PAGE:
Kid strapped on a car seat

  • 1-3 years

It’s advised that you keep your child rear-facing as long as possible, as it’s the most effective way to ensure his or her safety. However, once your child reaches the top height and weight recommended by the manufacturer, it’s time to provide them a forward-facing seat that comes with a harness.

Smiling young boy on a car seat

  • 4-7 years

Again, you’ll want to defer to your manufacturer’s weight and height limits as to when it’s time to move them to a booster seat. However, until that time you’ll want to make sure they’re facing the front with a secured harness.

Smiling little girl seating on a car seat booster

  • 8-12 years

Even if they insist they’re big enough, children should be seated in a booster seat until they’re able to fit in a seat belt properly. A proper seat belt fit has the lap belt snugly lain across the upper thighs, not up on the stomach. Additionally, the shoulder belt should be snug across the shoulder, not crossing the neck or the face. And of course, your child should still be seated safely in the back seat.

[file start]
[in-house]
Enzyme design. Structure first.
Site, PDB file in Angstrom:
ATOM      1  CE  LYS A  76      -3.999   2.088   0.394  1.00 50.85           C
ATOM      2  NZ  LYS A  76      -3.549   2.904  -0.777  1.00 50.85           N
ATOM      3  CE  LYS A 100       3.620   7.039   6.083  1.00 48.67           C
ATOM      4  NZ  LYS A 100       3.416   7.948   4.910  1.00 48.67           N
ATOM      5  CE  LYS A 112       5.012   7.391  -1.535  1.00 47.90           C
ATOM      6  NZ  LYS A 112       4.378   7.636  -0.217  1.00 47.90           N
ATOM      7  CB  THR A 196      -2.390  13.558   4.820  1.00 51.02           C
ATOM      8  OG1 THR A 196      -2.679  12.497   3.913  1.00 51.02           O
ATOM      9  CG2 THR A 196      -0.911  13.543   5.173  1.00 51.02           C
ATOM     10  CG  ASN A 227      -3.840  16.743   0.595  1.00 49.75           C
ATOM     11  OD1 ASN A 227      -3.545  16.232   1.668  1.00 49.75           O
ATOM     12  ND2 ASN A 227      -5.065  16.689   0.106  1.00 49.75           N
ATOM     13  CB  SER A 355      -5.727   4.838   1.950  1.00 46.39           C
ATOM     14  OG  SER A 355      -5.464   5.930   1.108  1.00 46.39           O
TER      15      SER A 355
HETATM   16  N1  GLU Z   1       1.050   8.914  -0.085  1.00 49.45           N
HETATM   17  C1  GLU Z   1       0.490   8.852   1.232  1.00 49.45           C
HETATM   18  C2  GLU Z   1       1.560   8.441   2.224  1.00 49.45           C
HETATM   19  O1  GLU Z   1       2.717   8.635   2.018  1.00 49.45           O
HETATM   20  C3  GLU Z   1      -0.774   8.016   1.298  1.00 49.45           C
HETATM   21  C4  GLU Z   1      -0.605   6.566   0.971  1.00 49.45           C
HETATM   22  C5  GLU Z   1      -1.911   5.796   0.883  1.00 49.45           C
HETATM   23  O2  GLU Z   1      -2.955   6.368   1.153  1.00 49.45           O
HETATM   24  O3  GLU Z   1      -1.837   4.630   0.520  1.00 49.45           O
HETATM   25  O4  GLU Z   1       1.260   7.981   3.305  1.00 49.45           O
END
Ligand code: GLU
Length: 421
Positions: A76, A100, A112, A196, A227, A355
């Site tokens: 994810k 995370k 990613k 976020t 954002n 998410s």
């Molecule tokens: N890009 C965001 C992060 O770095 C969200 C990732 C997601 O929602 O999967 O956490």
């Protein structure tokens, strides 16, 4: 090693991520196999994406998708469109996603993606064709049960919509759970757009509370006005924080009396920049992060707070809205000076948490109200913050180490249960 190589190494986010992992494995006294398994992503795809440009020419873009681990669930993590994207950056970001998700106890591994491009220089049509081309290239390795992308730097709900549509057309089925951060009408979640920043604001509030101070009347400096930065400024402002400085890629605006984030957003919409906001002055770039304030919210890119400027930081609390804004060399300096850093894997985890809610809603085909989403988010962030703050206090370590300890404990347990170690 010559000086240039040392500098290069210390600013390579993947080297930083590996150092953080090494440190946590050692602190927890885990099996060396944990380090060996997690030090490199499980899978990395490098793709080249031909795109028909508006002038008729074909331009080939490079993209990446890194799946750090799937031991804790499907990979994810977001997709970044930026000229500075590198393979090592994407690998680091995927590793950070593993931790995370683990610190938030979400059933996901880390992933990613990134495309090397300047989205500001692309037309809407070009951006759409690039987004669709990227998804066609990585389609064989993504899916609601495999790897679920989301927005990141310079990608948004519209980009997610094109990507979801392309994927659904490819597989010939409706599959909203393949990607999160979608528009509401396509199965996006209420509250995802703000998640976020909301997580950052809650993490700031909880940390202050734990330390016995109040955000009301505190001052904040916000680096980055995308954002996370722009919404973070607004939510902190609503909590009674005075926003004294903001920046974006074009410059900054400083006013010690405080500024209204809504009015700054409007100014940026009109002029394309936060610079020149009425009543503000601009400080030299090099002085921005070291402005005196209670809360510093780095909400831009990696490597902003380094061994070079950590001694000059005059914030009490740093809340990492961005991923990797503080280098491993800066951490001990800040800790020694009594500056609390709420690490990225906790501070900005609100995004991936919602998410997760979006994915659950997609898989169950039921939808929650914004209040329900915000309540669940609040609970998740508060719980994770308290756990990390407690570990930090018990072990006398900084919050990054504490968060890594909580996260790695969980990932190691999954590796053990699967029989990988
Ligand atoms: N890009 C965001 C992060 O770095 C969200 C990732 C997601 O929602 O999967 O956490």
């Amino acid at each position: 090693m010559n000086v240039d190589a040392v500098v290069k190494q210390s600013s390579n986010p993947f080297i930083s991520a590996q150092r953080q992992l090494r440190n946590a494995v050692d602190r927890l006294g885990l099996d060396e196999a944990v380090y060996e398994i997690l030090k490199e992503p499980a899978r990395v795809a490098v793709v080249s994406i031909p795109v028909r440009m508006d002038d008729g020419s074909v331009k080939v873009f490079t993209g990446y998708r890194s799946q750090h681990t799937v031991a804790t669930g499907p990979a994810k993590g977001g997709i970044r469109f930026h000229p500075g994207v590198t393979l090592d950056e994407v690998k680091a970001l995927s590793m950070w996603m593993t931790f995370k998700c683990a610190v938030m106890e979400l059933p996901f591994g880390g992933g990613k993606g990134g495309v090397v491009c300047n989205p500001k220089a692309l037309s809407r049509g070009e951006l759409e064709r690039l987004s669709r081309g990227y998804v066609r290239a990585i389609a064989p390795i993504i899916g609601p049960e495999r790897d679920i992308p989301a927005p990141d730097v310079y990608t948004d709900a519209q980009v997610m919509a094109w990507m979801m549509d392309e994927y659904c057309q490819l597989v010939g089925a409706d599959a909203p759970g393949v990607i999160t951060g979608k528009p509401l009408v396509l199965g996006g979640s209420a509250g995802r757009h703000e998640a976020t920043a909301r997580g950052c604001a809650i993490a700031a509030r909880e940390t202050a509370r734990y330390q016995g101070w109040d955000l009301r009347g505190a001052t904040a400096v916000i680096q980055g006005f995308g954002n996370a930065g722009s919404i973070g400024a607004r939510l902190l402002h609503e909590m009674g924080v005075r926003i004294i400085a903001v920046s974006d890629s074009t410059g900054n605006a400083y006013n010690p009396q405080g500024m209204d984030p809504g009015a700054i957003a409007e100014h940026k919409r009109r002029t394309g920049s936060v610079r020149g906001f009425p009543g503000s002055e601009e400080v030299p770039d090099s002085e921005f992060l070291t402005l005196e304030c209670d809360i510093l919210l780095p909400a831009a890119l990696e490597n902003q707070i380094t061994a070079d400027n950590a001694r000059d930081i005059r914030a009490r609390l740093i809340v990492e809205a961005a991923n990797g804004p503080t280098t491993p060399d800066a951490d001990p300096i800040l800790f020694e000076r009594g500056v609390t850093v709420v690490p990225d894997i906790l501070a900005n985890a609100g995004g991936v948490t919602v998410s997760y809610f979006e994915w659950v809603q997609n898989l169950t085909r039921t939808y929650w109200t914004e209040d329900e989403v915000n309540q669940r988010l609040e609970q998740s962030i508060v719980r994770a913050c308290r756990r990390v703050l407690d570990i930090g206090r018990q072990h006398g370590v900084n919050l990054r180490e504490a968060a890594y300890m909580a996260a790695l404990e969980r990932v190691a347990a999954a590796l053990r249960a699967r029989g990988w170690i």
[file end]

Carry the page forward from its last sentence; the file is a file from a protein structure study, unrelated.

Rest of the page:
There are many different types of car seats and they each have their own set of instructions and features. Check out this list of Types of Child Safety Seats from the Automotive Safety Program.

At Christie Farrell Lee & Bell we know how important the safety of your child is to you, and hope this insight into Indiana’s car seat laws helps all Hoosiers keep the children in their lives safer on the roadways.

Safety Facts for Indiana Teenage Drivers

Especially in Indiana, where the sky meets the horizon and there’s corn for miles, little feels more freeing than finally getting your driver’s license. However, studies by the Indiana BMV show that teen drivers are at the highest risk for property damage and personal injury on the road. Fortunately, there’s a lot of attention on teen drivers in Indiana. Many laws have been passed to protect teenage drivers in the state and since 2015, teen accidents have decreased by over 30%. These rules exist to keep all drivers safe, both new and seasoned, so it’s important to understand them so you can know what to expect on the road.